Most epidemiologic articles are built around a standard format in which the design, execution, and data from the study are described in some detail, along with statistical analyses to identify “risk factors” (antecedents of adverse health outcomes that remain associated with the outcomes after adjustments for measured potential confounders). With rare exception, these analyses account only for the possible role of random error (“chance”) in producing the results; possible roles for biases and causal mechanisms are dealt with by informal discussion.
This standard format has been criticized for its failure to account adequately for biases and their interactions (apart from adjustments for measured confounders); the alternative offered is sensitivity analysis and its Monte-Carlo and Bayesian extensions.2–8 The standard format has also been attacked for its failure to adequately justify the study within a context of biomedical or social theory.9–11 Some of the latter criticisms have gone so far as to imply that much of epidemiology is pointless and wasteful “black-box” research that yields too many nonsense associations and false alarms.12
Among defenses of “black-box” epidemiology are that it has identified useful interventions and that the absence of a known causal mechanism has no bearing on the validity of the study results.13 Skrabanek,12 however, responded that the latter point was never in dispute; he asserted instead that “there is no logical link between black box epidemiologic studies and science” and that risk-factor epidemiology “cannot contradict pertinent scientific data.” We argue here that such claims are logically erroneous and counterproductive.
One genuine problem of risk-factor epidemiology is overinterpretation of observed associations as causal. We believe that this problem stems from pressure on researchers to demonstrate scientific or policy relevance of their results, or at least to explain their results as arising from something other than error or bias. We argue that it is a mistake to impose such an explanatory burden on empiric research reports, and that the problem of overinterpretation could be addressed by encouraging a descriptive approach to risk-factor studies. We then illustrate our arguments with a case study on the epidemiology of renal cell carcinoma.1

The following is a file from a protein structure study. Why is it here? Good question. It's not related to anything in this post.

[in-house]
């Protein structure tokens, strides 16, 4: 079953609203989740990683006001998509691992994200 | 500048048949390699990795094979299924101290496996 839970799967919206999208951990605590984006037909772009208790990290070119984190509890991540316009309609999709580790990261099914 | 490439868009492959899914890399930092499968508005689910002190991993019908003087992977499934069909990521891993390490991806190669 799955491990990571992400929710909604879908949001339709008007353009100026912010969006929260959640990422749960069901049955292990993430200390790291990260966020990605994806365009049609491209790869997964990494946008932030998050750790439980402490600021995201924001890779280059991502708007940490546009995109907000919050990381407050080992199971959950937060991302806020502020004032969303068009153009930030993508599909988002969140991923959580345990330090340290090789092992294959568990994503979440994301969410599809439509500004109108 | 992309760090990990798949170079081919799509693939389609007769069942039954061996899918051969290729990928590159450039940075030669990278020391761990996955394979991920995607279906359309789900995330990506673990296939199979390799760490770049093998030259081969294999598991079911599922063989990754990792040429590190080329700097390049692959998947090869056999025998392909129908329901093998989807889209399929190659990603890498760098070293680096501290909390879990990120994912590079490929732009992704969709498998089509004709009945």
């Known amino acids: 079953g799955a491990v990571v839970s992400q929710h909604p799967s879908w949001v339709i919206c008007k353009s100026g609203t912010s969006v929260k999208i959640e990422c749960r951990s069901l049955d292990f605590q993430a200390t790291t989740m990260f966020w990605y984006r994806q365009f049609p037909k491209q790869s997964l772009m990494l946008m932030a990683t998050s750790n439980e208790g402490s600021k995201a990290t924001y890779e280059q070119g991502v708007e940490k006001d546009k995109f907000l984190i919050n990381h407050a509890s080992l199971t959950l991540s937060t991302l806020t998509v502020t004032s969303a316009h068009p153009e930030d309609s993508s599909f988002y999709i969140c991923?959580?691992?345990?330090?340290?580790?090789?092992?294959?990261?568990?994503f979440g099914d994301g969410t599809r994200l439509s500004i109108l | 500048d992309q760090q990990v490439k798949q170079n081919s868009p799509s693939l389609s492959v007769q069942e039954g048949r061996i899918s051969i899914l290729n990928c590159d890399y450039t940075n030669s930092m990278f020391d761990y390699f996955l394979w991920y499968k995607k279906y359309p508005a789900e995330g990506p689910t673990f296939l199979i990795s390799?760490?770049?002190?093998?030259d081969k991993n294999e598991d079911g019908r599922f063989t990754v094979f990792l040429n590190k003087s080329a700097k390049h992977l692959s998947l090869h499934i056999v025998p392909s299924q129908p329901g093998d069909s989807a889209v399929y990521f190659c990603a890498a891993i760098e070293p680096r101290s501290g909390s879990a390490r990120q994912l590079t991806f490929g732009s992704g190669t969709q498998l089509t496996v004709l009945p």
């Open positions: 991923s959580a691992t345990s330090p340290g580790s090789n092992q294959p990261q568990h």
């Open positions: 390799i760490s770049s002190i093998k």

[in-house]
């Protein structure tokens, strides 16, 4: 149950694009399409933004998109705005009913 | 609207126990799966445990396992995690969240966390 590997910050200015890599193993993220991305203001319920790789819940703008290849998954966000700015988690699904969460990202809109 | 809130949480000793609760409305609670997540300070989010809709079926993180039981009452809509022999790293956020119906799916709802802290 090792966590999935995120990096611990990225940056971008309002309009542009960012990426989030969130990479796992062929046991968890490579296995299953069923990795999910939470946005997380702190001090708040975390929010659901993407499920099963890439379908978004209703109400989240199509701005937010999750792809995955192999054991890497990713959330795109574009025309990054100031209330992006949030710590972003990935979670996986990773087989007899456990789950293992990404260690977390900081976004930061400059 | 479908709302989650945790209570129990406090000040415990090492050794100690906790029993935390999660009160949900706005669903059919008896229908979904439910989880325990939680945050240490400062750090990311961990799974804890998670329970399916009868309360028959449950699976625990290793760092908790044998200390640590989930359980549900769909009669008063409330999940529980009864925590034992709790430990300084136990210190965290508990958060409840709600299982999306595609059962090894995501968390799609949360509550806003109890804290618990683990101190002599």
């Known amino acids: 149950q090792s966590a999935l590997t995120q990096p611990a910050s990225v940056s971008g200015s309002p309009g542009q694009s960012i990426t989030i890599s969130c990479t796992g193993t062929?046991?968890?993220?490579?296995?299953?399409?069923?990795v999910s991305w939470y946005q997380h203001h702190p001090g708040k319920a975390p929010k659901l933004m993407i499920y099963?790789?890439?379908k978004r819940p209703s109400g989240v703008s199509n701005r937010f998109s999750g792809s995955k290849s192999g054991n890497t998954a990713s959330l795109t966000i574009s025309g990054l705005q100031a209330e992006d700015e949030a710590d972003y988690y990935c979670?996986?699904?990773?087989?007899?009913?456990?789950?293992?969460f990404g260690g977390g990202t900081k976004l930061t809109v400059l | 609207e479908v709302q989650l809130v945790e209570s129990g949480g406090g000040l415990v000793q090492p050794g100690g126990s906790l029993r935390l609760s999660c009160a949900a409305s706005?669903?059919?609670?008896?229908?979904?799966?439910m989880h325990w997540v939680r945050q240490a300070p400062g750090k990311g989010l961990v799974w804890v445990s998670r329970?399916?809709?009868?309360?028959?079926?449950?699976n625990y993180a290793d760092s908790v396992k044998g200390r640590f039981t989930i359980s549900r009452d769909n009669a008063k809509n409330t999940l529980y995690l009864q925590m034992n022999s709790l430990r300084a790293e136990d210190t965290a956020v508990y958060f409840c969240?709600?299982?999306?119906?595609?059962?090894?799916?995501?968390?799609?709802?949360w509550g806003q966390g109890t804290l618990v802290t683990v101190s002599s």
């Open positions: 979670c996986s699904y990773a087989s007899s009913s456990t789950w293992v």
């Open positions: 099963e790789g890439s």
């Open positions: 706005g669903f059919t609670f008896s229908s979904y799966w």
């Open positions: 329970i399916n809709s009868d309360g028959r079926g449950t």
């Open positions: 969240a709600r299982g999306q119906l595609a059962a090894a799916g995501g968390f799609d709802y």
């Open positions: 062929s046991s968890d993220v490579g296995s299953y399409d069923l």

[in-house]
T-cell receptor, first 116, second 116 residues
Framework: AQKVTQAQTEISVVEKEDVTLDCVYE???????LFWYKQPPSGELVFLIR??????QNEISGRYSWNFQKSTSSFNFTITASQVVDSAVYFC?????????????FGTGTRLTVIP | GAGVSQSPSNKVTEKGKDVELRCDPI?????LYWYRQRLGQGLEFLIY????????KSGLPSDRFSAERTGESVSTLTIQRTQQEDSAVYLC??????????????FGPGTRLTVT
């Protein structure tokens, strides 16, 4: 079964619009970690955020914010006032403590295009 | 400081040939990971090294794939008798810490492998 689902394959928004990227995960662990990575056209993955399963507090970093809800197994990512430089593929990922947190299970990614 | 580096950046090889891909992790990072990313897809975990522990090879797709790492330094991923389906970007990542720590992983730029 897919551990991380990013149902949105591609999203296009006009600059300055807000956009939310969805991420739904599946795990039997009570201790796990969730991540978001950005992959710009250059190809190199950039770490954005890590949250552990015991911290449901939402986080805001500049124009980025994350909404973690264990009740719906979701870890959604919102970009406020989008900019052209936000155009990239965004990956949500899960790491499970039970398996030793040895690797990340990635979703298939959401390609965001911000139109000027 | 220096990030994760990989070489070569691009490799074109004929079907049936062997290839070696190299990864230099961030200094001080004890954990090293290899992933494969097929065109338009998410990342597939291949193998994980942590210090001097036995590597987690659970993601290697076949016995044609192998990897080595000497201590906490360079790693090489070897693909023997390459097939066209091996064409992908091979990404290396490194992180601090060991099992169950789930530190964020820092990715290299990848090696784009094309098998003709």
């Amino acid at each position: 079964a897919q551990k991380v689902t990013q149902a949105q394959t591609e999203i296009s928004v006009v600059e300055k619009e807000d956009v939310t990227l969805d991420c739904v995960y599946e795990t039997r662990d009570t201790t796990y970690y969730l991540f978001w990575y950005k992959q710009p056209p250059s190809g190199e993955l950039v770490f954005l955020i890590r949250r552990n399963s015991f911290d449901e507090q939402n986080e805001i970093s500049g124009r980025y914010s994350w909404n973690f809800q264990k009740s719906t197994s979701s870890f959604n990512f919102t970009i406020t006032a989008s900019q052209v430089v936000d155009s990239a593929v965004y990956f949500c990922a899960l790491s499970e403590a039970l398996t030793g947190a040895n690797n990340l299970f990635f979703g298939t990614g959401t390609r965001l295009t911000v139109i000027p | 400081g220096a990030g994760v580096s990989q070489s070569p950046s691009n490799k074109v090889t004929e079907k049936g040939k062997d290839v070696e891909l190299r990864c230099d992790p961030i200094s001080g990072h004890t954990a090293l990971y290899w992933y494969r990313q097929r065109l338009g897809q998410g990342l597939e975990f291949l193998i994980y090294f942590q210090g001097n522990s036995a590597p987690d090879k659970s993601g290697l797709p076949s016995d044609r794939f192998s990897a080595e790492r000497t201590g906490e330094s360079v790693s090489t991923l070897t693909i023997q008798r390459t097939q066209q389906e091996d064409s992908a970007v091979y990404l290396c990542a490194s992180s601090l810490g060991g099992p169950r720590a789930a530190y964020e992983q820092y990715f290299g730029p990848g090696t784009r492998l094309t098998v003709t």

THE VALUE OF DESCRIPTIVE OBSERVATION REPORTS
A theory could be said to explain an observation (or fact) when the observation can be deduced from or is predicted by the theory. According to one popular philosophy of science, the primary role of scientific observation is to supply the facts that require explanation by theories. From this viewpoint, assertions that risk-factor studies could “provide testable hypotheses of causality”12 or are “hypothesis-generating” are logically backward, even though they could reflect some of the psychology of theory creation.14 Furthermore, purely descriptive (atheoretical) approaches to the reporting of single epidemiologic studies (and even metaanalyses) are not only scientific, but beneficial; the publication of mere observations is useful, because such observations supply data for the scientific community to use in tests of theories, including theories not even conceived at the time of publication. This means that the incoherence or implausibility of observations in light of current theory should never be a deterrent to publication; a field that appears to be nothing more than an incoherent jumble of haphazard or implausible observations could be rapidly transformed by the introduction of a new and unifying theory.